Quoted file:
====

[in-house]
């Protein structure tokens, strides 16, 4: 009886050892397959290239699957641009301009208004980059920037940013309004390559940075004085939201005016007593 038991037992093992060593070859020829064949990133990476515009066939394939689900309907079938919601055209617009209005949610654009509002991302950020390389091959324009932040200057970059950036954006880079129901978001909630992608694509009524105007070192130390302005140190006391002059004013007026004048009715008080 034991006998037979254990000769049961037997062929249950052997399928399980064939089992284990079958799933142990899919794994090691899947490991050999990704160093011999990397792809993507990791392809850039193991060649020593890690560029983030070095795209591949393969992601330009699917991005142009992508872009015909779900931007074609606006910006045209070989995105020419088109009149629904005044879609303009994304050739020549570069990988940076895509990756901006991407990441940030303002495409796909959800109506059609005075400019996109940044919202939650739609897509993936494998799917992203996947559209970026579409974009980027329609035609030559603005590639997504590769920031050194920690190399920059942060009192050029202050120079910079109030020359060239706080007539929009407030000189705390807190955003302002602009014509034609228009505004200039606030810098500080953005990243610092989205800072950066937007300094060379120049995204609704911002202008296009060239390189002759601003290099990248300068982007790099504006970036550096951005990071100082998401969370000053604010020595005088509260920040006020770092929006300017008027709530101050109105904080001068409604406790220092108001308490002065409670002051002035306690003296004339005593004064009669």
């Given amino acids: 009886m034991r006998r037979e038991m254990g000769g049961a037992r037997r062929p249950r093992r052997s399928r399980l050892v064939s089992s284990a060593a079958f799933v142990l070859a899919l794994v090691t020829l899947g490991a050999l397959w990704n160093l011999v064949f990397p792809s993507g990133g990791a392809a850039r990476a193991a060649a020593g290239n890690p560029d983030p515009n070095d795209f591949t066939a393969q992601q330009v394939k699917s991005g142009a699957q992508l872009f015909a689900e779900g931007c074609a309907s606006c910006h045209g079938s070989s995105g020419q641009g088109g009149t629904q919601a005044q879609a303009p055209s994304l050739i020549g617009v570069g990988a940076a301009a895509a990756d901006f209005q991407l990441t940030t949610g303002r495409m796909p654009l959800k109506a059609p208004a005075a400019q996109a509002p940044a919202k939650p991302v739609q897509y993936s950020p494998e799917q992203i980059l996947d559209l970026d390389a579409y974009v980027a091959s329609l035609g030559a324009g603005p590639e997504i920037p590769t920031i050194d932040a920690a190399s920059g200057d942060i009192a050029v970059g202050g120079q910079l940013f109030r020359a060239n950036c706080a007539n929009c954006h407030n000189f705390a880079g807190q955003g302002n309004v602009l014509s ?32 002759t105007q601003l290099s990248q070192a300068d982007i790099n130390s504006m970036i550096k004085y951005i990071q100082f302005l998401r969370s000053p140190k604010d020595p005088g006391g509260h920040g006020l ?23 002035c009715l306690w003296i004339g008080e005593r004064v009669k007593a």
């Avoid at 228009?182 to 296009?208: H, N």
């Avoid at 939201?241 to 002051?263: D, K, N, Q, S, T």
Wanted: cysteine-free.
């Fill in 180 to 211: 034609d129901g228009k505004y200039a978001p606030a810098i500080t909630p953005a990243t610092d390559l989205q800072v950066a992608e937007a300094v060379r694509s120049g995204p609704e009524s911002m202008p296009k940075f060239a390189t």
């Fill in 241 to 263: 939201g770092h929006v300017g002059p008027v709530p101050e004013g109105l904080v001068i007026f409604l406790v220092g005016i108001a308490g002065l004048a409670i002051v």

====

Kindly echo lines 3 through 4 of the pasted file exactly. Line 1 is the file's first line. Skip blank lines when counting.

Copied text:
């Given amino acids: 009886m034991r006998r037979e038991m254990g000769g049961a037992r037997r062929p249950r093992r052997s399928r399980l050892v064939s089992s284990a060593a079958f799933v142990l070859a899919l794994v090691t020829l899947g490991a050999l397959w990704n160093l011999v064949f990397p792809s993507g990133g990791a392809a850039r990476a193991a060649a020593g290239n890690p560029d983030p515009n070095d795209f591949t066939a393969q992601q330009v394939k699917s991005g142009a699957q992508l872009f015909a689900e779900g931007c074609a309907s606006c910006h045209g079938s070989s995105g020419q641009g088109g009149t629904q919601a005044q879609a303009p055209s994304l050739i020549g617009v570069g990988a940076a301009a895509a990756d901006f209005q991407l990441t940030t949610g303002r495409m796909p654009l959800k109506a059609p208004a005075a400019q996109a509002p940044a919202k939650p991302v739609q897509y993936s950020p494998e799917q992203i980059l996947d559209l970026d390389a579409y974009v980027a091959s329609l035609g030559a324009g603005p590639e997504i920037p590769t920031i050194d932040a920690a190399s920059g200057d942060i009192a050029v970059g202050g120079q910079l940013f109030r020359a060239n950036c706080a007539n929009c954006h407030n000189f705390a880079g807190q955003g302002n309004v602009l014509s ?32 002759t105007q601003l290099s990248q070192a300068d982007i790099n130390s504006m970036i550096k004085y951005i990071q100082f302005l998401r969370s000053p140190k604010d020595p005088g006391g509260h920040g006020l ?23 002035c009715l306690w003296i004339g008080e005593r004064v009669k007593a």
């Avoid at 228009?182 to 296009?208: H, N």